After a year of anticipation, A Court of Frost and Starlight by Sarah J Maas had some incredibly high standards to meet. To be fair, I’m reviewing this book with my love for the previous trilogy and my excitement for the next trilogy in mind. As a novella, I think the standards are a bit different; you can’t expect a complex novel-type plot from a book with half the pages.
Honestly, I haven’t decided on a rating for ACOFAS yet. Don’t get me wrong, I loved it and am even more ready now to get my hands on the next installment. As a part of the ACOTAR series, this was easily a five star read, but if I were evaluating it on its own merit, I’m not sure if that would hold. I’m also not sure if it’s fair to evaluate it as an individual book because its purpose is to bridge two series. I digress.
So let’s get to it.
Feyre and Rhysand
I already disclosed my overwhelming bias for this series, so perhaps this is an appropriate time to also note that Feysand is my all time favorite ship. A Court of Mist and Fury was the most beautiful beginning to their relationship, and SJM continues to deliver. A lot of YA authors struggle with writing a compelling romance after the initial drama has been resolved; they just throw in unnecessary obstacles to keep things interesting. Maas, on the other hand, delivers a relationship that matures beautifully and organically without all the “I love him—but do I really—we need a break—just kidding we were soulmates all along”.
Maybe my only hesitation with their relationship is the disparity in age and experience between Feyre and Rhys. I really appreciated that in the infamous cabin scene in ACOMAF, it was established that Feyre wanted to get to live as a newly made immortal with Rhys before she started a family. Because let’s face it: she’s still sooooo young. But in ACOFAS she decided that she no longer wanted to wait; she wanted a family with Rhys as soon as possible.
Of course, it was a beautiful moment when she told Rhys, and as a reader I cannot wait to see how the foreshadowing with the Bone Carver works out. Despite how exciting it was, I just kept getting caught on the fact that she’s only 21 in a highly uncertain world. Yes, the stories about the weaver’s husband dying at war before they could start a family was compelling, but I felt like I was being manipulated into forgetting all the logical reasons it doesn’t make sense for Feyre and Rhys to have a child.
Also, I would like to make a note on the interesting debate over which genre ACOTAR belongs in: YA or NA. With a protagonist turning 21 and considering starting a family, it only makes sense to market this as NA; however, from a marketing perspective, I completely understand why they keep trying to stretch this into YA. The NA reading pool is just not as well explored at this point, and if they had sold this book as NA, I’m not sure if I would have found this series because I read almost exclusively YA.
Nesta and Cassian
I should warn you that as much as I love Feysand, I dislike Nesta Archeron. I understand somewhat why she is such a…well, bitch. But nonetheless, I find it incredibly challenging to like her or even sympathize with her. From the very beginning when Nesta treated Feyre horribly and did nothing productive, to her harsh judgments on the fae and her horrific behavior and inability to work with anyone, she really is just a difficult character to like.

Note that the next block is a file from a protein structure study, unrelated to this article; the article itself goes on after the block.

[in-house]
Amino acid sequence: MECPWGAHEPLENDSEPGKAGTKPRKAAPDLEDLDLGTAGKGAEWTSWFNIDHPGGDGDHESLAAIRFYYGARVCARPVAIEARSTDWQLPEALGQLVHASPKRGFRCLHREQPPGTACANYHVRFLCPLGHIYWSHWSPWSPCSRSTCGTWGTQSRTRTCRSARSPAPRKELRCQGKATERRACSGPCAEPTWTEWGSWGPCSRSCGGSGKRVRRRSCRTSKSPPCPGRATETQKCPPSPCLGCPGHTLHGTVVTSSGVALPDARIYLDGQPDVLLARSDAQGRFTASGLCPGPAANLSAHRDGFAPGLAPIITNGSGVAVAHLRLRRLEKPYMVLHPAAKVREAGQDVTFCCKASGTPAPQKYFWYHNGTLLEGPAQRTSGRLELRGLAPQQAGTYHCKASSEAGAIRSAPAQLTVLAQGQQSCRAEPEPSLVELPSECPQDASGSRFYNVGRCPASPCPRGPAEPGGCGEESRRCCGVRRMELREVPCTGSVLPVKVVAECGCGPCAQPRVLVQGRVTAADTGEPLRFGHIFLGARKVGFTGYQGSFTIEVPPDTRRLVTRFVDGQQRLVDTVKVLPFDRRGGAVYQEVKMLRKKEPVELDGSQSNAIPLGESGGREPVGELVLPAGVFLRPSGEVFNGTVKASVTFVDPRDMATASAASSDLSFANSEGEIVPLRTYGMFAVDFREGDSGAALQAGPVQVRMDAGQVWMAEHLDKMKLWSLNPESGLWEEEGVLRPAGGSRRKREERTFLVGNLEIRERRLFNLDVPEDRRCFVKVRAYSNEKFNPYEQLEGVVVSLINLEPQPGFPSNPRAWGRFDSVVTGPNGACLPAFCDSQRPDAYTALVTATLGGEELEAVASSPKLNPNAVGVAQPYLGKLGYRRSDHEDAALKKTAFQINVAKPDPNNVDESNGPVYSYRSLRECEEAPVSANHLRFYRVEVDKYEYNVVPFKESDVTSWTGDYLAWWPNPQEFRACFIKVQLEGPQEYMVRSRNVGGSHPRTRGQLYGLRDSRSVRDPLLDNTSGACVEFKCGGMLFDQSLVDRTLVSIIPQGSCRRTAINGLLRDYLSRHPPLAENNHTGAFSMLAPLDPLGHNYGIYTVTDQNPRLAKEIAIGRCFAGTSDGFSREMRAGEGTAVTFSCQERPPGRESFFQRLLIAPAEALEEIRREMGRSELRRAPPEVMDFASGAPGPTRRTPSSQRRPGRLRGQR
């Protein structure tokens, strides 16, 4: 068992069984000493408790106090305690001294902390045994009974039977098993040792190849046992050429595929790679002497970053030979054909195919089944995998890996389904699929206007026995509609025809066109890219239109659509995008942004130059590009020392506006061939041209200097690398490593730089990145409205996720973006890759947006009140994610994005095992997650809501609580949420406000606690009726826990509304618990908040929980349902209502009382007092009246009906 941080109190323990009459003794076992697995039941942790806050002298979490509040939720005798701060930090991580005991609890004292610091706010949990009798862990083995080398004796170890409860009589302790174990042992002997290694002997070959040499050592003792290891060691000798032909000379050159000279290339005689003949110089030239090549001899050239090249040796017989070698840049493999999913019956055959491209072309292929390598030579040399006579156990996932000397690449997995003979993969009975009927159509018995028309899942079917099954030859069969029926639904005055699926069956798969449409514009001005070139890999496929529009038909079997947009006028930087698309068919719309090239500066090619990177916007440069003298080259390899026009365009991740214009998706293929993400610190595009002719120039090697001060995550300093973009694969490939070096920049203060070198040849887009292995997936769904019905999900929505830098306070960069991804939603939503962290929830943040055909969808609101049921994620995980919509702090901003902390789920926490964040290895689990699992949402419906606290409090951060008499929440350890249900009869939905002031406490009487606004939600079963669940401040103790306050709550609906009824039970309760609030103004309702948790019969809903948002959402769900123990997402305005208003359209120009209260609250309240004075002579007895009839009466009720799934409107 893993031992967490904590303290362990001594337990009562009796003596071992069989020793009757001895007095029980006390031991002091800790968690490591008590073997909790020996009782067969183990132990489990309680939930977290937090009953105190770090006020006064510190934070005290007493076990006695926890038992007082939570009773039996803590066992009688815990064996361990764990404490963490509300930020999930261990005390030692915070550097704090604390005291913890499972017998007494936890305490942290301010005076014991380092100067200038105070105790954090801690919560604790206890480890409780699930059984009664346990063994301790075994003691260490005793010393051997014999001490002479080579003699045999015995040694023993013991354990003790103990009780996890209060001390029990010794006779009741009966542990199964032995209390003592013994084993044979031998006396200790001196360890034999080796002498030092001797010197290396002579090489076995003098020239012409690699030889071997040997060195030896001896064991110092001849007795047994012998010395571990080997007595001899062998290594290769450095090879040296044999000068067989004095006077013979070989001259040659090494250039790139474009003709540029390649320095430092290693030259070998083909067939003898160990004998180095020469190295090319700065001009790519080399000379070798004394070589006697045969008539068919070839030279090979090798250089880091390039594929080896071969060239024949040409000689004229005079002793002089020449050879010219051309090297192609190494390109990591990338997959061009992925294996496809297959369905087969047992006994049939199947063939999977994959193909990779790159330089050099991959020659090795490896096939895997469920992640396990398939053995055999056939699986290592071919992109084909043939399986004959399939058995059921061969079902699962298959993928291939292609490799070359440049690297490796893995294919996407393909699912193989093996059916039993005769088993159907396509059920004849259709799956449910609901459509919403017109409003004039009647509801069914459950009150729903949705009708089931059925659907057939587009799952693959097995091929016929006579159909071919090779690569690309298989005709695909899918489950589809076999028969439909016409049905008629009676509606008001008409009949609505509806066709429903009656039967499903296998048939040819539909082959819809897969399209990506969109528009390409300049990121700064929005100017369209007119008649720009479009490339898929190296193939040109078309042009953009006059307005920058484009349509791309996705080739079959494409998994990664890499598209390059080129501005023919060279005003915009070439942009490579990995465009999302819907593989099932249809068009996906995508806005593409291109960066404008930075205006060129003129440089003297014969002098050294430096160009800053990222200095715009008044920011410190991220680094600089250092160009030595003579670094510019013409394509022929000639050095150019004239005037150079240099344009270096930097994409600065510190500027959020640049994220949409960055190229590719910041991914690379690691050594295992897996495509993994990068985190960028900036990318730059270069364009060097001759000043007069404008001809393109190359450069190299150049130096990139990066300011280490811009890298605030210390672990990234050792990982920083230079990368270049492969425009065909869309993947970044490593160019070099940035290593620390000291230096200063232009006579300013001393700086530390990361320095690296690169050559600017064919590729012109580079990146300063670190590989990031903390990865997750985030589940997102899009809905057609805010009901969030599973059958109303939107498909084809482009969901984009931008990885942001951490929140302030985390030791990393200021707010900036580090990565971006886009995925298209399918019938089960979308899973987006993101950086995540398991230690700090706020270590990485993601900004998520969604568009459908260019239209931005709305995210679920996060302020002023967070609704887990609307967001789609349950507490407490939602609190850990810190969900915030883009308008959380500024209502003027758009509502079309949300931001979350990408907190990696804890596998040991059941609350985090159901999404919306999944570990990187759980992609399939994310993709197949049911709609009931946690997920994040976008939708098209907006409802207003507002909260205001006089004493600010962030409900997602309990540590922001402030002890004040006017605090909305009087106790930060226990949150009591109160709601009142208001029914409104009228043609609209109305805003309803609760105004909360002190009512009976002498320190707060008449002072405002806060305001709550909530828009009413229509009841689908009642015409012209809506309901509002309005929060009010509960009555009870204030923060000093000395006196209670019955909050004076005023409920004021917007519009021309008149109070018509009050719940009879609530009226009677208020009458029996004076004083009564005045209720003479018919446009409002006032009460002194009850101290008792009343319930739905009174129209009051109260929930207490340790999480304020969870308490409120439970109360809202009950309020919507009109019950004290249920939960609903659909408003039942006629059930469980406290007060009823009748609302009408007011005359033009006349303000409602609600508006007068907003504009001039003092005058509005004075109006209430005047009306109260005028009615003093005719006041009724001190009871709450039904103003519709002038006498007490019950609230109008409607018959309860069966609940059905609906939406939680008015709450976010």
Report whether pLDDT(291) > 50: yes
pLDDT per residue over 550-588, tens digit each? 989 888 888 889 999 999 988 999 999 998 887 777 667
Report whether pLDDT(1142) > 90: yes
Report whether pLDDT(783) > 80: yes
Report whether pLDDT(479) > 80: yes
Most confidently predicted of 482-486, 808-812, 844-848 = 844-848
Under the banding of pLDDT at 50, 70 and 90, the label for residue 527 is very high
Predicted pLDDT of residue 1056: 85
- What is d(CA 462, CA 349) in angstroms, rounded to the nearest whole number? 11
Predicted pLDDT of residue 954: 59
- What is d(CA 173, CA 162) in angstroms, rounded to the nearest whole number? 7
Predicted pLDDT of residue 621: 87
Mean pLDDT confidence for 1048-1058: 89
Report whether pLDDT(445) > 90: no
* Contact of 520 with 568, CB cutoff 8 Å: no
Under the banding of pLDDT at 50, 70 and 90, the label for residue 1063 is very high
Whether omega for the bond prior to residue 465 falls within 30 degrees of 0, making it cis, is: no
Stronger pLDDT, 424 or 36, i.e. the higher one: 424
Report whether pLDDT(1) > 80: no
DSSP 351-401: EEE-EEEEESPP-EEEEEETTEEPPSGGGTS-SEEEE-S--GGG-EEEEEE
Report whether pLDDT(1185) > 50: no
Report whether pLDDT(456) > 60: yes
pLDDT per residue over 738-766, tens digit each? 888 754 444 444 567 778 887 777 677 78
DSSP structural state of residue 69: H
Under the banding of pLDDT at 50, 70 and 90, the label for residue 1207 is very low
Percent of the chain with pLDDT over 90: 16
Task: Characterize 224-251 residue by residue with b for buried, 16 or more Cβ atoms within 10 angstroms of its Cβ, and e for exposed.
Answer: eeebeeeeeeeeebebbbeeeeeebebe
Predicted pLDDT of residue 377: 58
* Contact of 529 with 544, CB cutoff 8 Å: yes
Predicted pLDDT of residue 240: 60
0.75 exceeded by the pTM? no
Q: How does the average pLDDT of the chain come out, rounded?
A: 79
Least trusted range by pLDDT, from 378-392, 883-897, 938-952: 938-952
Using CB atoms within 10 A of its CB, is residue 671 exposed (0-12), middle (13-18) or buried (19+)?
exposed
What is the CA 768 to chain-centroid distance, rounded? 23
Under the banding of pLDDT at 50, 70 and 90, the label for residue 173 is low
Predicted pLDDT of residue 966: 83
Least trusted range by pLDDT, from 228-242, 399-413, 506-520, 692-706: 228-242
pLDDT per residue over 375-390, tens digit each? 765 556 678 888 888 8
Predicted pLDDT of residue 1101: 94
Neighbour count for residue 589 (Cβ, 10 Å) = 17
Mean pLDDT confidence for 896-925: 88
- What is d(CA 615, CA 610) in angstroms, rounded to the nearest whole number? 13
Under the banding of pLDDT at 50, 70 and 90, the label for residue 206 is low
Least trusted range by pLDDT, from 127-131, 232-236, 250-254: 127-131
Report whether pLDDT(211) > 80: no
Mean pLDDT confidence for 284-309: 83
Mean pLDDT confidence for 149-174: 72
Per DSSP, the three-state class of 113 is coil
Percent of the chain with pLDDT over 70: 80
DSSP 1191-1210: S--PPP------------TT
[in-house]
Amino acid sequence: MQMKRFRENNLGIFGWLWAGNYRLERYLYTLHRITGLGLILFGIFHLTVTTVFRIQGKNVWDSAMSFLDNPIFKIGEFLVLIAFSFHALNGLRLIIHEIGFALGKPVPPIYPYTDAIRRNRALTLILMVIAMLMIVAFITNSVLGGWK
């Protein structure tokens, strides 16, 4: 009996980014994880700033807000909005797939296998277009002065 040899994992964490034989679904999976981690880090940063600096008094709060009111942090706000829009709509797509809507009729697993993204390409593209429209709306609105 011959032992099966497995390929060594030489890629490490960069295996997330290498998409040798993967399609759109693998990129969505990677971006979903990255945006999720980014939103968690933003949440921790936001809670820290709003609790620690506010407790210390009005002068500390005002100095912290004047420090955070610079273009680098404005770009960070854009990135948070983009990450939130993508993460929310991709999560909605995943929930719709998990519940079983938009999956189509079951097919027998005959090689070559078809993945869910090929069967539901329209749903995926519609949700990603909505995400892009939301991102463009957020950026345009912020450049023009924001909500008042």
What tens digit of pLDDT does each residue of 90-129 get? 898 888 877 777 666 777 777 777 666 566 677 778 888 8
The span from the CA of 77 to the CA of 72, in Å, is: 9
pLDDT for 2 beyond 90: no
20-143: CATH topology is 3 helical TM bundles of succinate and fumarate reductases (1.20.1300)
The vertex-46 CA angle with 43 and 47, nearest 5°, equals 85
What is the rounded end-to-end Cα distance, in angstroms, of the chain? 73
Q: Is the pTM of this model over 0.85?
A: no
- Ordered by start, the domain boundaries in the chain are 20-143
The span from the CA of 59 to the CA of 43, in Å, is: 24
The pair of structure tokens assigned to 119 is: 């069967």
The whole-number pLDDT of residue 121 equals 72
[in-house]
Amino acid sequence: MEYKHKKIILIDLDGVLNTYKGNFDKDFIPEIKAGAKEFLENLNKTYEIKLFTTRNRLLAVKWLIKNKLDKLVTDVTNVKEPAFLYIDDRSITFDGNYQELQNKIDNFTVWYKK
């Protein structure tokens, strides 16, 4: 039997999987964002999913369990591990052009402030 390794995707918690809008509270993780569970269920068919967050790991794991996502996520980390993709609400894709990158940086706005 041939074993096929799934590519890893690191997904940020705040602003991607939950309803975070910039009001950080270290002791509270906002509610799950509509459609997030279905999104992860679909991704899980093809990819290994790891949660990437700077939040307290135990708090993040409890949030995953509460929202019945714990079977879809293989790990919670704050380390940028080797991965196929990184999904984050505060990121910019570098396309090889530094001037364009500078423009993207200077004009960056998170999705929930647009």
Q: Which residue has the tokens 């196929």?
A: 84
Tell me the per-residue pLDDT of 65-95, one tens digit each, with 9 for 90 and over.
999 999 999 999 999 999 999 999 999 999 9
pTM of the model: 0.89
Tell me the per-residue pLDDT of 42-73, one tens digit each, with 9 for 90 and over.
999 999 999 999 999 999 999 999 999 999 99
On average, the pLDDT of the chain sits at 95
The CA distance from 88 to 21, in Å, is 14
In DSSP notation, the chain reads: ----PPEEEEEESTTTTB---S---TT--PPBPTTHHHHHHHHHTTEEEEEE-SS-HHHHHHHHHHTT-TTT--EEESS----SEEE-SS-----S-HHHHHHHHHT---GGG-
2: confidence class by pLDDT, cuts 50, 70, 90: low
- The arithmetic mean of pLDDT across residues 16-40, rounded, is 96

In ACOFAS, Nesta might even set new records for nastiness. Yes, she is working through some horrible experiences and having trouble adjusting to a life she never asked for, but the way she treats her family, her constant self pitying and her refusal to improve her situation is just inexcusable. Still, I’m holding out hope that she is just a misunderstood character that Maas is waiting to fully unravel in later novels.
Cassian is as entertaining as always, and I love getting a taste of his point of view. I’m loving that Sarah is switching to third person for Nesta and Cass; from her other series, Throne of Glass, we all know that her third person writing is superb. I was a little disappointed by how little page time we got with Cass and Nesta together but the next installment is certain to tackle that problem. Overall, I feel there’s a ton of potential here and am excited to dive into this storyline next.
ACOFAS has been getting hit very hard for its lack of plot—but it’s a novella. Even though it’s unusually long, a novella typically only covers a few scenes. Let’s face it. It’s not a book so we can’t expect it to have some incredibly complex plot like the series’ previous books. Even with that in mind, I really enjoyed the mini plot we got.
It showed so much growth for Feyre and introduced some really complicated problems that will bridge into the next trilogy. Will there be a civil war in the Night Court? What will come of Tamlin? Will other fey territories invade human lands? Will Vassa be forced to return to the mysterious lord who cursed her? Will Feyre and Rhys start a family and will Nesta recover from the effects of war? I have so many more questions after reading this book than I did before, so I would call it a success for a bridge book.
I loved it. I’m not sure Sarah could create a book with these characters that I wouldn’t love. I had a few hesitations, but more importantly, it got me so excited for the next series. The narrative is as beautiful as ever; the dialogue entertaining and convincing. Sarah tackles huge issues in this series and every time, I feel she comes out on top. It’s a must read.
PS how cute is this dedication??